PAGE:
ext3 – journaled file system

ext3, or third extended filesystem, is a journaled file system that is commonly used by the Linux kernel. The journaling capability means no more waiting for fsck’s or worrying about metadata corruption.

It is the default file system for many popular Linux distributions, including Debian. ext3 was originally released in September 1999.

Ext3 partitions contain a used space of 5% for special reasons by default. The main reason is so root can log in even when the filesystem becomes full.

Features include:

  • Simple, robust, and extensible.
  • In-kernel and userspace code has been extensively tested.
  • Adds features to ext2:
    • A journal – improves reliability and eliminates the need to check the file system after an unclean shutdown.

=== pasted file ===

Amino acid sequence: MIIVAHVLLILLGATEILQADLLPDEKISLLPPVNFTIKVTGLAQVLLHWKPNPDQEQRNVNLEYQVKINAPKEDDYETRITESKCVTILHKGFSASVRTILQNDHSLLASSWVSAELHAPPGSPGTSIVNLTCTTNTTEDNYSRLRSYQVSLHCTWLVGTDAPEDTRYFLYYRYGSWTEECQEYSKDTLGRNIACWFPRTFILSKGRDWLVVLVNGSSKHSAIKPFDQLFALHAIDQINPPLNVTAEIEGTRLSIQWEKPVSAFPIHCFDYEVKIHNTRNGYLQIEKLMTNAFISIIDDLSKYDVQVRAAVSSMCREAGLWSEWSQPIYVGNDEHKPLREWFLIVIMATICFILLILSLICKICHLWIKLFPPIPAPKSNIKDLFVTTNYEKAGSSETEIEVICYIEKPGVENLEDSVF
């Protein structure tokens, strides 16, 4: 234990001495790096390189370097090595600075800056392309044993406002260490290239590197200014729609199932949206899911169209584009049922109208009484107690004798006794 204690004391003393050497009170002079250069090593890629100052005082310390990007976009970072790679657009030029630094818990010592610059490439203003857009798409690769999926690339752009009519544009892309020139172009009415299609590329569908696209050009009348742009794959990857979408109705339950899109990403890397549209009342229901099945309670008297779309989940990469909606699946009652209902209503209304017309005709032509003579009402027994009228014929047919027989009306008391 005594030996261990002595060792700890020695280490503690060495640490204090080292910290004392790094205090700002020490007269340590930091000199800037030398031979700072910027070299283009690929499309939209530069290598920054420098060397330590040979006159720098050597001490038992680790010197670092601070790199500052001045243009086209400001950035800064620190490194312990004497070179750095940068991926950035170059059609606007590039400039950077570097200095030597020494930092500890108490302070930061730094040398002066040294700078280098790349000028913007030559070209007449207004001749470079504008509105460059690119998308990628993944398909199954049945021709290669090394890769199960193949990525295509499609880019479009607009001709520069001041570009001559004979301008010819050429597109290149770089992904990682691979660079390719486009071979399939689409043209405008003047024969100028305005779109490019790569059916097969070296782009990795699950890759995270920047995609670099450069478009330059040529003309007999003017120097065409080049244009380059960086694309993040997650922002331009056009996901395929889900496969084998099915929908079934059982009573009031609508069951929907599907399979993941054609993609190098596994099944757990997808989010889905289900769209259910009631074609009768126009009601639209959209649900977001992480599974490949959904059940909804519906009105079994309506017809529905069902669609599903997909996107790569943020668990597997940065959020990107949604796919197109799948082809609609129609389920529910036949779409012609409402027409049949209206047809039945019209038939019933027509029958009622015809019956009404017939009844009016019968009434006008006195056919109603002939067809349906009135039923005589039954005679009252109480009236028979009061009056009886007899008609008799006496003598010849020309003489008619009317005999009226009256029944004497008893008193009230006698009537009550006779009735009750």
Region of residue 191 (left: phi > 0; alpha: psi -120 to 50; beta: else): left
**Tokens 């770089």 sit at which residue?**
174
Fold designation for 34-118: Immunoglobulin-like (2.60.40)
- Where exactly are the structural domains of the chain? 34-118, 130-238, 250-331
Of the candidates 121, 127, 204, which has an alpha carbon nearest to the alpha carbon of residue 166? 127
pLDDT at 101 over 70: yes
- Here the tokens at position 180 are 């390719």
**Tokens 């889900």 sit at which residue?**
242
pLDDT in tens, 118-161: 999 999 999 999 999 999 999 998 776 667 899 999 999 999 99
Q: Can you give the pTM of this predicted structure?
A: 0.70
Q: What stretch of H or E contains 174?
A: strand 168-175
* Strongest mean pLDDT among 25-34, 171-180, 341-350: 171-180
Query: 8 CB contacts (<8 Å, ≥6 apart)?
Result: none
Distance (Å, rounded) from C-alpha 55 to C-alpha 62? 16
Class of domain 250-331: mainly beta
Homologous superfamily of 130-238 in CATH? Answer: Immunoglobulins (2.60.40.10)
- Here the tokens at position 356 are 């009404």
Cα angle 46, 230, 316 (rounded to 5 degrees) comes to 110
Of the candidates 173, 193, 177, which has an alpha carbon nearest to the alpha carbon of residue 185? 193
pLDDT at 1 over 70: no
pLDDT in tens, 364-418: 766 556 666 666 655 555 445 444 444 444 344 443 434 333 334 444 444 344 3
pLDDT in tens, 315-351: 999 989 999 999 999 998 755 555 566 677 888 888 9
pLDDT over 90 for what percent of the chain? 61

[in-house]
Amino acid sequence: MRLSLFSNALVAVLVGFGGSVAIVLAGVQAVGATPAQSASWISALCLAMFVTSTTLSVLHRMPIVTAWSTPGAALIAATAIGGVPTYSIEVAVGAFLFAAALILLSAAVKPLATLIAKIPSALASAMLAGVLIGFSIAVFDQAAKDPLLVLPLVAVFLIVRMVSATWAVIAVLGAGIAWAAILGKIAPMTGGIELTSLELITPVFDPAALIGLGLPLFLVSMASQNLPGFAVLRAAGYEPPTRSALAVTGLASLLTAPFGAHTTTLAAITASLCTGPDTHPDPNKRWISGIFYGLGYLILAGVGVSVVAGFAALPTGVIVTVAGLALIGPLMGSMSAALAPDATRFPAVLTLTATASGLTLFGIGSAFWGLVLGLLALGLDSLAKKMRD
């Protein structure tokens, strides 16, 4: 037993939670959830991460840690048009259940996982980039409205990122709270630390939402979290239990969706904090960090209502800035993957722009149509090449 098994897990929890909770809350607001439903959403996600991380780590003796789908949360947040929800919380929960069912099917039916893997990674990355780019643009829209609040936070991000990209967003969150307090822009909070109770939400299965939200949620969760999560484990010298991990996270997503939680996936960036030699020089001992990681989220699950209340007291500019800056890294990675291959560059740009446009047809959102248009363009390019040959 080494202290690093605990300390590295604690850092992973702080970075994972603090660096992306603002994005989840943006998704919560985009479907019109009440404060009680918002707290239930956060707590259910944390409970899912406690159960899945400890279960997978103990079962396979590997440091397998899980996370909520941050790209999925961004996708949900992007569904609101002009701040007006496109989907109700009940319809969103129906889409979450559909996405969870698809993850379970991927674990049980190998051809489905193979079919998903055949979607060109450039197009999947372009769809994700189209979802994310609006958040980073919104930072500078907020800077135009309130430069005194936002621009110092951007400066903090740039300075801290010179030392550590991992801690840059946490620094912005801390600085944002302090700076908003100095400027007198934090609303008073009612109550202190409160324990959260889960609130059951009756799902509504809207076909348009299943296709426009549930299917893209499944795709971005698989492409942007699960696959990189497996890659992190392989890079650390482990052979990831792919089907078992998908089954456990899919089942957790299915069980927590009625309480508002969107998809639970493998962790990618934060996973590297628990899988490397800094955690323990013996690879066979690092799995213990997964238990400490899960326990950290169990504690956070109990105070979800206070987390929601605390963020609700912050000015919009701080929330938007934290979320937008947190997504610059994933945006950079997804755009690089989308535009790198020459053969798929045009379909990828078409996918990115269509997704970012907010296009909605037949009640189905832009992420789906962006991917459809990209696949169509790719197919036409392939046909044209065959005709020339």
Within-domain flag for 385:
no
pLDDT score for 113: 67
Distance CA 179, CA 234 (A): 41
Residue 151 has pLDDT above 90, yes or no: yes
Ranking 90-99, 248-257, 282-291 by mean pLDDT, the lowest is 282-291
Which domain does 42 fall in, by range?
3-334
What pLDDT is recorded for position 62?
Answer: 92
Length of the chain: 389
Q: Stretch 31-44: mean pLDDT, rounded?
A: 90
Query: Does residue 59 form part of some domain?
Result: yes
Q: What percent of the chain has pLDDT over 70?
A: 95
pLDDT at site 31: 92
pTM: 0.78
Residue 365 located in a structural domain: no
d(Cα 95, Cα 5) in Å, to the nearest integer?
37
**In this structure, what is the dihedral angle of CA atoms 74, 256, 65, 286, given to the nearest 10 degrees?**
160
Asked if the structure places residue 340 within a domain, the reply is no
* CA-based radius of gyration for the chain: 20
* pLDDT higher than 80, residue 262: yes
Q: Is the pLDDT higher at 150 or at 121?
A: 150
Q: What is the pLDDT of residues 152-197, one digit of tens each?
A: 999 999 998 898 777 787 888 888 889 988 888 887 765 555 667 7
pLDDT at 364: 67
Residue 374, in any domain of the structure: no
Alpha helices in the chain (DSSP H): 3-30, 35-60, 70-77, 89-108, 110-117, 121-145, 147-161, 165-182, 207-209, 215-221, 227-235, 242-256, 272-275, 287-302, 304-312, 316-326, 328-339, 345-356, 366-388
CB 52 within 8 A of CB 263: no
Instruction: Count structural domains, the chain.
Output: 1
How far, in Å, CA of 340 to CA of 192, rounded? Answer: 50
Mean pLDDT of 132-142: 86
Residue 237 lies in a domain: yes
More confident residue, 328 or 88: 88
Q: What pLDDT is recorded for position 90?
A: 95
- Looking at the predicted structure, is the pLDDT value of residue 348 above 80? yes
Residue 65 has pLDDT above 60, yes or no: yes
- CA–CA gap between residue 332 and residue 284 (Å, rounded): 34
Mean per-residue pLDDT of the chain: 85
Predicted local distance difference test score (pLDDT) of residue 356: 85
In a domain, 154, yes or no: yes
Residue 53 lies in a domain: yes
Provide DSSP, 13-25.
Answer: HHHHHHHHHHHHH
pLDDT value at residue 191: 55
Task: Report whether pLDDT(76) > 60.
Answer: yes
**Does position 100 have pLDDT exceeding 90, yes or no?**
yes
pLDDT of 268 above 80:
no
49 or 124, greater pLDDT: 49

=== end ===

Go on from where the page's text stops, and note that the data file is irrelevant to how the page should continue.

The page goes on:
• Various journal modes: Journal, Ordered, and Writeback.
    • Automatic recover when the filesystem is remounted.
    • All VFS operations (including quota) should be journaled.
    • Add data updates are also journaled.
    • Online file system growth.
    • HTree indexing for larger directories.
  • Extended attribute blocks and large inodes.
  • Online filesystem resize reservations.
  • Hash-indexed directories.
  • Journal file/device present.
  • File type in directory entries.
  • Journal recovery required.
  • Reduced block group backups.
  • Reduced superblock backups.
  • Files larger than 2GiB in size.
  • Easy conversion of ext2 file systems without needing to backup, recover and format the partition.
  • Unix permission, ACLs and arbitrary security attributes.

Website: en.wikipedia.org
Support:
Developer: Stephen Tweedie
License: GNU GPL

Return to Journaling File Systems Home Page


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